October 2005

IZA DP No. 1818: Young Women's Religious Affiliation and Participation as Determinants of High School Completion

published in: Review of Economics of the Household, 2006, 4(3), 277-293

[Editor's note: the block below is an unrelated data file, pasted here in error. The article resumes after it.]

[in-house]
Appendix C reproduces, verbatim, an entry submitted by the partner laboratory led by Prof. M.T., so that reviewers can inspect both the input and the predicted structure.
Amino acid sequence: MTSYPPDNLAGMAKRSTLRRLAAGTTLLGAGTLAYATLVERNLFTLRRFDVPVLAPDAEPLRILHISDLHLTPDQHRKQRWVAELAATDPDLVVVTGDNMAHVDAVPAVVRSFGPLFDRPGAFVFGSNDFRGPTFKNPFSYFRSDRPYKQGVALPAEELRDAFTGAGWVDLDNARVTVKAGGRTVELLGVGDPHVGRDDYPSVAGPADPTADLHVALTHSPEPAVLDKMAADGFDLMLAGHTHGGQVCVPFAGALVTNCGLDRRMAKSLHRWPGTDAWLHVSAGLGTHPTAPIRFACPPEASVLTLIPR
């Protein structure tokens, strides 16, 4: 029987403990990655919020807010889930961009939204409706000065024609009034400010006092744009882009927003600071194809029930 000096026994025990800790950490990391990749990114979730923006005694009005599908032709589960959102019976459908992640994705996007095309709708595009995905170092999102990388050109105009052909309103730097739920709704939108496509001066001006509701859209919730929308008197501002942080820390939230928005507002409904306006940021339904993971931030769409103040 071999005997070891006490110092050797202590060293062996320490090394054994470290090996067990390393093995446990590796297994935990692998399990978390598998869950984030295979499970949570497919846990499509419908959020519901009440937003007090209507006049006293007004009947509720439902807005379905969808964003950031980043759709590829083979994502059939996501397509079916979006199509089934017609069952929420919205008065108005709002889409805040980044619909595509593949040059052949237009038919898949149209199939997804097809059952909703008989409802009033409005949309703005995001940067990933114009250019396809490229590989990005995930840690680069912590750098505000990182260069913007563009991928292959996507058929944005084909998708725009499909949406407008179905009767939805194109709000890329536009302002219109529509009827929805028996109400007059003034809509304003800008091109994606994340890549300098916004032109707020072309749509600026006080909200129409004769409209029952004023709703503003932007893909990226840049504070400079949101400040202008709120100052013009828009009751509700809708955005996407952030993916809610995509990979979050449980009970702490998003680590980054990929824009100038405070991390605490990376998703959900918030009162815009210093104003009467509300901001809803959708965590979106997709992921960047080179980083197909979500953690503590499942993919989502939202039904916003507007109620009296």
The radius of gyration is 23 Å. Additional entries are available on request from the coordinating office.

The far-reaching consequences of failing to complete secondary schooling are well known. The central questions addressed in this study are: Does religion make a difference in the likelihood of successfully completing the transition to high-school graduation? If so, how large are the influences? Based on a human capital framework, the paper develops hypotheses about the effects of two dimensions of religion during childhood – affiliation and participation – and tests them with data on non-Hispanic white, African-American, and Hispanic female respondents from the 1995 National Survey of Family Growth. The results are generally consistent with the hypotheses, revealing sizeable differentials in high-school graduation rates by affiliation and participation. The results also uncover pronounced differences by race/ ethnicity.